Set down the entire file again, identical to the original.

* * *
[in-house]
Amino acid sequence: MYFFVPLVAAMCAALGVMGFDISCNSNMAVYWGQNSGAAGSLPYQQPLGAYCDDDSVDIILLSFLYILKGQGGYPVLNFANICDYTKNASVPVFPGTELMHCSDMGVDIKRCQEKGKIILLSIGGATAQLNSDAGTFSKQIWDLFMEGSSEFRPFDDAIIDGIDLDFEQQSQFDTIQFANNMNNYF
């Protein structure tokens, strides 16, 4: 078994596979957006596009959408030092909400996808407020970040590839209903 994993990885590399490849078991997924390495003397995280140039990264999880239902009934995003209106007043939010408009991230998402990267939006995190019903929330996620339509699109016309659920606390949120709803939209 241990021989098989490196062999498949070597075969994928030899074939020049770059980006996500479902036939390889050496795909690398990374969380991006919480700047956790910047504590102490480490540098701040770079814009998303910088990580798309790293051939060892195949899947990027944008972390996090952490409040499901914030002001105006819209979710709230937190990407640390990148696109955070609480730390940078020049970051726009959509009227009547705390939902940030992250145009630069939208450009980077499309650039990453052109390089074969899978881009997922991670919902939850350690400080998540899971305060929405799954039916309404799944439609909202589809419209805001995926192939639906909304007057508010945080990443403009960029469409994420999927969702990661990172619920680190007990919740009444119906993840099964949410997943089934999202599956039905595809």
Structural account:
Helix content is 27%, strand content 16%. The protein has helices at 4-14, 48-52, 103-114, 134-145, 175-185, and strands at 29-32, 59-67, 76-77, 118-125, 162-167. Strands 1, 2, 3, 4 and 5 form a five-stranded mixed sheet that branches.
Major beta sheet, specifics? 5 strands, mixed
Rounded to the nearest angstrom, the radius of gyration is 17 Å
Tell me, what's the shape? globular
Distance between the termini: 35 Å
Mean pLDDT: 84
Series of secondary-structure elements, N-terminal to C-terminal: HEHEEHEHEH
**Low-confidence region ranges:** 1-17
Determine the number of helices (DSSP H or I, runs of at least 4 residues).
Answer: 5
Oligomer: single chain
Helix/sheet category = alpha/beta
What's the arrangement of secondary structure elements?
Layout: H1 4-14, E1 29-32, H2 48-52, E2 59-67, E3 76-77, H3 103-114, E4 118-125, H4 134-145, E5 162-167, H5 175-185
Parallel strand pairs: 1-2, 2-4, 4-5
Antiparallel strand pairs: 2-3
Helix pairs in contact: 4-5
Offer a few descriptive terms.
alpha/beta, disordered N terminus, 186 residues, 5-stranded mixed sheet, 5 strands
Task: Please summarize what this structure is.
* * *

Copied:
[in-house]
Amino acid sequence: MYFFVPLVAAMCAALGVMGFDISCNSNMAVYWGQNSGAAGSLPYQQPLGAYCDDDSVDIILLSFLYILKGQGGYPVLNFANICDYTKNASVPVFPGTELMHCSDMGVDIKRCQEKGKIILLSIGGATAQLNSDAGTFSKQIWDLFMEGSSEFRPFDDAIIDGIDLDFEQQSQFDTIQFANNMNNYF
């Protein structure tokens, strides 16, 4: 078994596979957006596009959408030092909400996808407020970040590839209903 994993990885590399490849078991997924390495003397995280140039990264999880239902009934995003209106007043939010408009991230998402990267939006995190019903929330996620339509699109016309659920606390949120709803939209 241990021989098989490196062999498949070597075969994928030899074939020049770059980006996500479902036939390889050496795909690398990374969380991006919480700047956790910047504590102490480490540098701040770079814009998303910088990580798309790293051939060892195949899947990027944008972390996090952490409040499901914030002001105006819209979710709230937190990407640390990148696109955070609480730390940078020049970051726009959509009227009547705390939902940030992250145009630069939208450009980077499309650039990453052109390089074969899978881009997922991670919902939850350690400080998540899971305060929405799954039916309404799944439609909202589809419209805001995926192939639906909304007057508010945080990443403009960029469409994420999927969702990661990172619920680190007990919740009444119906993840099964949410997943089934999202599956039905595809």
Structural account:
Helix content is 27%, strand content 16%. The protein has helices at 4-14, 48-52, 103-114, 134-145, 175-185, and strands at 29-32, 59-67, 76-77, 118-125, 162-167. Strands 1, 2, 3, 4 and 5 form a five-stranded mixed sheet that branches.
Major beta sheet, specifics? 5 strands, mixed
Rounded to the nearest angstrom, the radius of gyration is 17 Å
Tell me, what's the shape? globular
Distance between the termini: 35 Å
Mean pLDDT: 84
Series of secondary-structure elements, N-terminal to C-terminal: HEHEEHEHEH
**Low-confidence region ranges:** 1-17
Determine the number of helices (DSSP H or I, runs of at least 4 residues).
Answer: 5
Oligomer: single chain
Helix/sheet category = alpha/beta
What's the arrangement of secondary structure elements?
Layout: H1 4-14, E1 29-32, H2 48-52, E2 59-67, E3 76-77, H3 103-114, E4 118-125, H4 134-145, E5 162-167, H5 175-185
Parallel strand pairs: 1-2, 2-4, 4-5
Antiparallel strand pairs: 2-3
Helix pairs in contact: 4-5
Offer a few descriptive terms.
alpha/beta, disordered N terminus, 186 residues, 5-stranded mixed sheet, 5 strands
Task: Please summarize what this structure is.